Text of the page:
1996 - 2016
BSEE - KB3UON
RF Cafe began life in 1996 as "RF Tools" in an AOL screen name web space totaling 2 MB. Its primary purpose was to provide me with ready access to commonly needed formulas and reference material while performing my work as an RF system and circuit design engineer. The Internet was still largely an unknown entity at the time and not much was available in the form of WYSIWYG ...
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Take a break from the drudgery with some of these jokes, song parodies, anecdotes and assorted humor that has been collected from friends & from websites across the Internet. This humor is light-hearted and sometimes slightly offensive to the easily-offended, so you are forewarned. I have taken care to censor "humor" with reproductive function innuendo and hateful tirades, so it is all workplace-safe. I have also tried to warn of any links that will result in audio clips so you can take appropriate precautions. Please send any potential candidates for this humor page to the e-mail link above.
U. S. Noise Production
PERHAPS nowhere since man began to think has the escape into the quiet of his thoughts been made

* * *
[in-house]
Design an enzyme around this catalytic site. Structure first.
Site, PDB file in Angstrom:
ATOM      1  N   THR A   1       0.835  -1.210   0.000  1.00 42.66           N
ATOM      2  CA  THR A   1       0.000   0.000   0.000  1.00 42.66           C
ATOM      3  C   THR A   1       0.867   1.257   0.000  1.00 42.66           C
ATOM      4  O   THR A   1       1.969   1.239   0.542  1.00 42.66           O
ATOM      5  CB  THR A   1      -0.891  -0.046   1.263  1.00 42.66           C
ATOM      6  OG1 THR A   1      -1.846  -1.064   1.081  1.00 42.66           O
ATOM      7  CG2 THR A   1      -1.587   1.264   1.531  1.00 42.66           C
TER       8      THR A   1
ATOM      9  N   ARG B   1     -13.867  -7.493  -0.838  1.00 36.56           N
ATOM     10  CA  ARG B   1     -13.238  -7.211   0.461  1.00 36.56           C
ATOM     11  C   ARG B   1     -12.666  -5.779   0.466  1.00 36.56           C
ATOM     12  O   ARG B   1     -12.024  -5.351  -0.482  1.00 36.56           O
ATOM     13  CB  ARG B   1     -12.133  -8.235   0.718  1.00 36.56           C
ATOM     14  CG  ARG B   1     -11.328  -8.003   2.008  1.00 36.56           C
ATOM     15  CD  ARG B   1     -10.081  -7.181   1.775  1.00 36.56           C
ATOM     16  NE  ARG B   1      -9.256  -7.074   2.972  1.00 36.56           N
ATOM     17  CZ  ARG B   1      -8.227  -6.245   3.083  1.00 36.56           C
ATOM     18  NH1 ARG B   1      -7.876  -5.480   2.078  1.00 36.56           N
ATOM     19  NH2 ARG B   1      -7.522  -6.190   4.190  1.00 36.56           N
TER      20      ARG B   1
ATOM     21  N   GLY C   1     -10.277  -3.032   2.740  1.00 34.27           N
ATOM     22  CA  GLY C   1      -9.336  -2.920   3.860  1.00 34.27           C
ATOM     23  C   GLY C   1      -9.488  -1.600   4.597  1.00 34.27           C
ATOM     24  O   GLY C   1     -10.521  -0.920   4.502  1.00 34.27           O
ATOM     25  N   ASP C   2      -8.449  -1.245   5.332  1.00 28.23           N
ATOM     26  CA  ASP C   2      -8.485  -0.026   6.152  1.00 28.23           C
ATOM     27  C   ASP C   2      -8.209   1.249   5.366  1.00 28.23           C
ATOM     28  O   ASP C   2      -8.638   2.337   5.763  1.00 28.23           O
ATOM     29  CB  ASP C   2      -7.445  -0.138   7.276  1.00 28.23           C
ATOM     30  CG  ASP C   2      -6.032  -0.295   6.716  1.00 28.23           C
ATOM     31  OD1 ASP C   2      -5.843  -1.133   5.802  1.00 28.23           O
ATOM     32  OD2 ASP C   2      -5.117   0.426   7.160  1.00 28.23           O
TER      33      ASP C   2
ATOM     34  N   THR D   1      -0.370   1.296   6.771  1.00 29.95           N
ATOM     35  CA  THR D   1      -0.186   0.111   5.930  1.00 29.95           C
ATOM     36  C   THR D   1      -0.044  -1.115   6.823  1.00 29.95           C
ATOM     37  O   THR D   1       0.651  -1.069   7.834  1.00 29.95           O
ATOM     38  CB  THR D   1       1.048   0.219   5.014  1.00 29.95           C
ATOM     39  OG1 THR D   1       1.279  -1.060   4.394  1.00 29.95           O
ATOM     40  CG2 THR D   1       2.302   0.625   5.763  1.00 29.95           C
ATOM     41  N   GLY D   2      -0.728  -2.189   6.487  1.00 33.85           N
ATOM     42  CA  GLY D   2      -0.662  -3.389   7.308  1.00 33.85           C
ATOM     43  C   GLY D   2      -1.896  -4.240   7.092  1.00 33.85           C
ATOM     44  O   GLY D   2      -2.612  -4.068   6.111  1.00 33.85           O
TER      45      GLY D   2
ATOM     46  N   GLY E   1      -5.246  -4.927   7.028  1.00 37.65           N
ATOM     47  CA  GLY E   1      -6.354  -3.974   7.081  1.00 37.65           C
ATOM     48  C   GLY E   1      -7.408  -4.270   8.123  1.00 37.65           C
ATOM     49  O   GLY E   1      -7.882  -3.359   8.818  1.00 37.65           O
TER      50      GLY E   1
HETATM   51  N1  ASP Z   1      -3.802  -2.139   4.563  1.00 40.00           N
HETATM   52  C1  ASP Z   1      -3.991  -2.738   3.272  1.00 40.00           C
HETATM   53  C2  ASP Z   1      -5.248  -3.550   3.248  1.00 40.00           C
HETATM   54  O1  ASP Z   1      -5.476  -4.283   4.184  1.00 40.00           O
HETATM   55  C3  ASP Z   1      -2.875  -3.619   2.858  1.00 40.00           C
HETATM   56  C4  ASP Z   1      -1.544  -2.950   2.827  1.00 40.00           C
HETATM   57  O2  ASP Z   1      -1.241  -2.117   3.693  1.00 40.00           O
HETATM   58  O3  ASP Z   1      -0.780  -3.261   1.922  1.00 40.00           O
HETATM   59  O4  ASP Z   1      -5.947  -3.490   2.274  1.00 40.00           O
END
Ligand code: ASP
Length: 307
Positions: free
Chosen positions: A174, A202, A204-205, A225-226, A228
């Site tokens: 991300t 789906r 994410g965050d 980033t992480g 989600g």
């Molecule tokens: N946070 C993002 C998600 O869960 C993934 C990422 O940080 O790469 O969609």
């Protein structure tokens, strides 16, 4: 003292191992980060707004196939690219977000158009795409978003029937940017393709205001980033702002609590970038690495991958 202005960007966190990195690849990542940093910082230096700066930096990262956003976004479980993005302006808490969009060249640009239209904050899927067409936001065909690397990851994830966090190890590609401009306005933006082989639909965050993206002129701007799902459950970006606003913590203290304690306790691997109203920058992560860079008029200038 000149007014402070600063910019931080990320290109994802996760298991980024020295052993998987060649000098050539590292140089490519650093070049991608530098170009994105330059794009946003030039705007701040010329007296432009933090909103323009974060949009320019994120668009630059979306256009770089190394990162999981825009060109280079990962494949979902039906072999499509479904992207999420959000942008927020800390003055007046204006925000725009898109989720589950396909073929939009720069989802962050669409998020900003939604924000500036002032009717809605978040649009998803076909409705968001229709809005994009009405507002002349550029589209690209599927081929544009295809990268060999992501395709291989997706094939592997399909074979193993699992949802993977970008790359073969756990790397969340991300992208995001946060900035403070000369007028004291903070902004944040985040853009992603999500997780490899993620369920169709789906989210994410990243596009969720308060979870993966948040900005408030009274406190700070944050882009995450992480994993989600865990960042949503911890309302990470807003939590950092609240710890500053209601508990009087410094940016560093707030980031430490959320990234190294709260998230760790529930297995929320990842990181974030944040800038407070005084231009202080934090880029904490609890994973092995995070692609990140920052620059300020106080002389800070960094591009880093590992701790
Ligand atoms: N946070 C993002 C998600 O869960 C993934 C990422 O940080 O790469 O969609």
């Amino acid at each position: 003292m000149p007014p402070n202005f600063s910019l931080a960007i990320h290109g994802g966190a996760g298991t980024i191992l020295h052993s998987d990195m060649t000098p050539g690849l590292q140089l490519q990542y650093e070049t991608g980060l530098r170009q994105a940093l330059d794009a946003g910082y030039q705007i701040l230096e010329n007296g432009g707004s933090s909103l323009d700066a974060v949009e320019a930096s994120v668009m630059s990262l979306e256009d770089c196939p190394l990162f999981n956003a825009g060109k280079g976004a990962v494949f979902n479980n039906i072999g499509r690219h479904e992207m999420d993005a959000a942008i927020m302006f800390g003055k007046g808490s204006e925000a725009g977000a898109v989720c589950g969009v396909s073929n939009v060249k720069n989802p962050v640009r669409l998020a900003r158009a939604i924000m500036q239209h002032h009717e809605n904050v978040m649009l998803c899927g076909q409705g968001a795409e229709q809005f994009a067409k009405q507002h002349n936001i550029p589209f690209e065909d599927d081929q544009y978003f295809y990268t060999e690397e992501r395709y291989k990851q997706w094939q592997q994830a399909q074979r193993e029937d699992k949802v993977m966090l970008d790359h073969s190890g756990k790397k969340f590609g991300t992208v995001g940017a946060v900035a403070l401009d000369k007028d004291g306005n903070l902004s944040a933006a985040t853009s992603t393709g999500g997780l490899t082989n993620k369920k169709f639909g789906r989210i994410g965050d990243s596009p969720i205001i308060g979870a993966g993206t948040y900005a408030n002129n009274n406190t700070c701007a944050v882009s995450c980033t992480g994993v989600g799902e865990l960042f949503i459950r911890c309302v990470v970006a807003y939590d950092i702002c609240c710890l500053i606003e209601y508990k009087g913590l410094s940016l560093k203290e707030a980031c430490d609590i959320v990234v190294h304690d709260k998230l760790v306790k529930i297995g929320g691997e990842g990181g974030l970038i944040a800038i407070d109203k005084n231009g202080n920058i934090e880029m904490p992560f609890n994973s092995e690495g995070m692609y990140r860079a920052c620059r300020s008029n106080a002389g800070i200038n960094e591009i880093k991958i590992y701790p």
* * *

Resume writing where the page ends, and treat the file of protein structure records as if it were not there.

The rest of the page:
more difficult than it is in America today. To blame radio for. this is to oversimplify. The industry is properly held responsible for the many sins it commits in the name of entertainment. and for its often hideous irrelevance, but the hand controlling the buttons of the individual radio receiver is the prime offender.
There are so many hands controlling so many buttons that to hope for relief from the scourge of radio noise seems almost foolish. It boils down to a question of manners. Is it foolish to hope that the member of the family who loves noise for its own sake will develop the decency to limit his odd appetite? Or that the apartment dweller who keeps his radio going loudly most of the day and night will have mercy on his neighbors cowering behind thin walls? Perhaps, but there is no harm in hoping.
There is no harm, either, in hoping that the newsreel companies will someday refrain from enhancing the horror of disaster pictures by the addition of apocalyptic commentary and foreboding music jerked from the bowels of Wagner; that the listening public will someday get hep to the fact that the squalid self-dramatization of the loud-mouthed journalistic statesmen of radio is merely so many unnecessary decibels; that someday the American hostess will abandon her notion that a perpetual yackety-yak, however pointless, is necessary to the success of her parties; and that municipal authorities will get tough with the mobile loud-speakers which range the streets, expectorating racket into the ears of workers who are trying to think.
Meanwhile, for the protection of the harassed fugitive, there remain these three retreats-the soundproofed room, total deafness, and the public library, and the greatest of these is the public library. May God rest the soul of Andrew Carnegie, who fashioned better than he thought.
May 29, 1948, edition of the Saturday Evening Post
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